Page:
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‘68 to ’08 -- we’re not finished

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Monica Garcia is president of the LAUSD's Board of Education.

The year was 1968, and students at public high schools in East L.A. were banned from speaking Spanish in the hallways -- at risk of a paddling from administrators who embraced corporal punishment. The students were overwhelmingly Mexican American; the administrators were, without exception, white. Those students struggled against a host of daily humiliations: locked bathrooms during lunchtime, severely overcrowded classrooms and teachers who told them college was not a realistic option.

That March, students from every East Los Angeles high school had had enough. In what became known as the East L.A. walkouts, or Chicano blowouts, students from Lincoln, Roosevelt, Wilson, Garfield and Belmont high schools walked out of their classes.

In the days that followed, more than 20,000 students at 15 schools walked out to protest educational inequity. Their demands were simple: Provide a fine education with equal resources so all students had a chance to attend a four-year university. The L.A. Unified School District’s Board of Education was confronted with a community united in its demand for change.

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The East L.A. student protest was one of the largest demonstrations of its kind. It sparked real changes, including the hiring of more Latino administrators, the right to speak Spanish on campus and a ban on corporal punishment. Greater awareness of the overcrowded and substandard facilities fostered successful efforts to build new schools on the Eastside.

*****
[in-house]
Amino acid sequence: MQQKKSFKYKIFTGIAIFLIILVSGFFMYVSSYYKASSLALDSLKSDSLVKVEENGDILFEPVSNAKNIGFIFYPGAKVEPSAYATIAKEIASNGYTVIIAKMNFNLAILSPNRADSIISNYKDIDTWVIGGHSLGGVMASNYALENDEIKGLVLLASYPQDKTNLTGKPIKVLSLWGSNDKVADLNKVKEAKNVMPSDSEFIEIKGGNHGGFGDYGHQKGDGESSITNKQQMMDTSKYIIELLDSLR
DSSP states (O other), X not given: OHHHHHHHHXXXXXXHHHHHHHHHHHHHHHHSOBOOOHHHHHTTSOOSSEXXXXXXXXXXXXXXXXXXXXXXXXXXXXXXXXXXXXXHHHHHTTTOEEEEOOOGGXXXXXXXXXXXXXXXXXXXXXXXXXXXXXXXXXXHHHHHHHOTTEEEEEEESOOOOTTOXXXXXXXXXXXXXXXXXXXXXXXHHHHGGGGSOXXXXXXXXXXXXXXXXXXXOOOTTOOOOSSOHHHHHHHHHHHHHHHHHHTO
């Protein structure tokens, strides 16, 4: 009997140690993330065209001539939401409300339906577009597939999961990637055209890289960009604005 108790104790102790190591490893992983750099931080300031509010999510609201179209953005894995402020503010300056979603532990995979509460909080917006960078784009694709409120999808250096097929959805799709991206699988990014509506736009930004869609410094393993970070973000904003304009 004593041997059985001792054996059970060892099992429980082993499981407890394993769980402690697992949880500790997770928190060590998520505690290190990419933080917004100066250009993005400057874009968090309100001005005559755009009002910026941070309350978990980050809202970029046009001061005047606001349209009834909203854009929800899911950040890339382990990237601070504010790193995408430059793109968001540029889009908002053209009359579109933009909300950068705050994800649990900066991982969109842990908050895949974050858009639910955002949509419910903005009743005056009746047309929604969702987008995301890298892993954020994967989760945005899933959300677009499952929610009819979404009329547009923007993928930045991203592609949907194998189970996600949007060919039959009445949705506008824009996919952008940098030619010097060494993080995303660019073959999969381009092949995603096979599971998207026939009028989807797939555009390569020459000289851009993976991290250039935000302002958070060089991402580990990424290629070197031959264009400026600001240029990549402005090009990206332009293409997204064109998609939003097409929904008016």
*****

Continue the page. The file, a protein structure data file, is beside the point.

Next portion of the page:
But four decades later, as we honor and remember those courageous students, many of these same challenges remain.

According to a recent report by the community organization InnerCity Struggle, done in conjunction with UCLA’s Institute for Democracy, Education and Access, only 16 out of every 100 ninth-graders enrolled in a high school on the Eastside graduate eligible for college. Sixty-four out of 100 drop out. These grim statistics threaten to worsen as our educational system statewide faces the largest budget cuts we have seen in recent times. (California already ranks 46th in the nation in per-pupil spending, according to a 2008 Education Week report.)

Despite our challenges, L.A. Unified must be a leader in urban school reform so that we can finally realize the goals of the ’68 protests: giving all our youth the support and opportunities they need to learn and succeed.

Our communities are energized for reform. Over the years, voters have supported four bond measures to fund construction of more than 100 schools, enabling the district to end forced busing and bring our schools back to traditional calendars. A 2005 policy called “A-G for All,” when fully implemented, will ensure that all students have access to the college-prep classes required for admission to the UC and Cal State systems.

This year, the board has increased the district’s focus on meeting the needs of English learners, who make up the majority of our students. We’re also trying new strategies to accelerate academic achievement, build ties to the community, increase flexibility of resources and strengthen autonomy and accountability at the school level.

Sal Castro, the Lincoln High teacher who led the walkouts, said, “We knew something different had to happen.” His words resonate today. We all have much work to do to reach 100% graduation for all LAUSD students. But this is a moment when we can take substantial steps forward. Si se puede! Yes, we can!

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